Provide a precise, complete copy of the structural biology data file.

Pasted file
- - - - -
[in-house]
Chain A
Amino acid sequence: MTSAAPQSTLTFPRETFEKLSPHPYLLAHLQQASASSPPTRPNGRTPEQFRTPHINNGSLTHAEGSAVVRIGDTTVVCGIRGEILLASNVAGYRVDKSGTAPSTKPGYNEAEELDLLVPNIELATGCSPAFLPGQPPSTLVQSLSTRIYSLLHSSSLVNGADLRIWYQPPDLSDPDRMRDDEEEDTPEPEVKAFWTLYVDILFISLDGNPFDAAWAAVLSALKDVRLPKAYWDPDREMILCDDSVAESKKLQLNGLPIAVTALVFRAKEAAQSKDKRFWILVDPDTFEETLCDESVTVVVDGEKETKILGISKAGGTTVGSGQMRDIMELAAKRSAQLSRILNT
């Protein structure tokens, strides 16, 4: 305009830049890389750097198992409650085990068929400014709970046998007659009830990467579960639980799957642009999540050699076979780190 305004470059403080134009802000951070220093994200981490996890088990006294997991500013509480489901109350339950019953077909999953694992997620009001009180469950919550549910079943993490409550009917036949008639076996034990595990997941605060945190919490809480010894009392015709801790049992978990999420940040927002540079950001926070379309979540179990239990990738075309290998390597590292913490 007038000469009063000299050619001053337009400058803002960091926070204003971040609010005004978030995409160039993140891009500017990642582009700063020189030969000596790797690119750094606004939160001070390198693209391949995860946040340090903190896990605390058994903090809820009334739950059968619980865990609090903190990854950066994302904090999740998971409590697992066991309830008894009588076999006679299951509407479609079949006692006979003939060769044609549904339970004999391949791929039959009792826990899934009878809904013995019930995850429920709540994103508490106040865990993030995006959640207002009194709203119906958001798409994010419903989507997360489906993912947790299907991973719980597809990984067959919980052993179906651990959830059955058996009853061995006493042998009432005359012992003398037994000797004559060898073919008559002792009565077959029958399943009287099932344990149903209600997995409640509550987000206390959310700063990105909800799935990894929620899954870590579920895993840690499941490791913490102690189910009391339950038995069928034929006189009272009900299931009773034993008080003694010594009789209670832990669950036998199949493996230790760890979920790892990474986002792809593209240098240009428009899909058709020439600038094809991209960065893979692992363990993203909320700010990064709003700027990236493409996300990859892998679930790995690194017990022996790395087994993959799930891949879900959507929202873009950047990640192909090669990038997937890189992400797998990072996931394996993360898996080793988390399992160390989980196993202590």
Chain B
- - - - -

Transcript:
[in-house]
Chain A
Amino acid sequence: MTSAAPQSTLTFPRETFEKLSPHPYLLAHLQQASASSPPTRPNGRTPEQFRTPHINNGSLTHAEGSAVVRIGDTTVVCGIRGEILLASNVAGYRVDKSGTAPSTKPGYNEAEELDLLVPNIELATGCSPAFLPGQPPSTLVQSLSTRIYSLLHSSSLVNGADLRIWYQPPDLSDPDRMRDDEEEDTPEPEVKAFWTLYVDILFISLDGNPFDAAWAAVLSALKDVRLPKAYWDPDREMILCDDSVAESKKLQLNGLPIAVTALVFRAKEAAQSKDKRFWILVDPDTFEETLCDESVTVVVDGEKETKILGISKAGGTTVGSGQMRDIMELAAKRSAQLSRILNT
């Protein structure tokens, strides 16, 4: 305009830049890389750097198992409650085990068929400014709970046998007659009830990467579960639980799957642009999540050699076979780190 305004470059403080134009802000951070220093994200981490996890088990006294997991500013509480489901109350339950019953077909999953694992997620009001009180469950919550549910079943993490409550009917036949008639076996034990595990997941605060945190919490809480010894009392015709801790049992978990999420940040927002540079950001926070379309979540179990239990990738075309290998390597590292913490 007038000469009063000299050619001053337009400058803002960091926070204003971040609010005004978030995409160039993140891009500017990642582009700063020189030969000596790797690119750094606004939160001070390198693209391949995860946040340090903190896990605390058994903090809820009334739950059968619980865990609090903190990854950066994302904090999740998971409590697992066991309830008894009588076999006679299951509407479609079949006692006979003939060769044609549904339970004999391949791929039959009792826990899934009878809904013995019930995850429920709540994103508490106040865990993030995006959640207002009194709203119906958001798409994010419903989507997360489906993912947790299907991973719980597809990984067959919980052993179906651990959830059955058996009853061995006493042998009432005359012992003398037994000797004559060898073919008559002792009565077959029958399943009287099932344990149903209600997995409640509550987000206390959310700063990105909800799935990894929620899954870590579920895993840690499941490791913490102690189910009391339950038995069928034929006189009272009900299931009773034993008080003694010594009789209670832990669950036998199949493996230790760890979920790892990474986002792809593209240098240009428009899909058709020439600038094809991209960065893979692992363990993203909320700010990064709003700027990236493409996300990859892998679930790995690194017990022996790395087994993959799930891949879900959507929202873009950047990640192909090669990038997937890189992400797998990072996931394996993360898996080793988390399992160390989980196993202590």
Chain B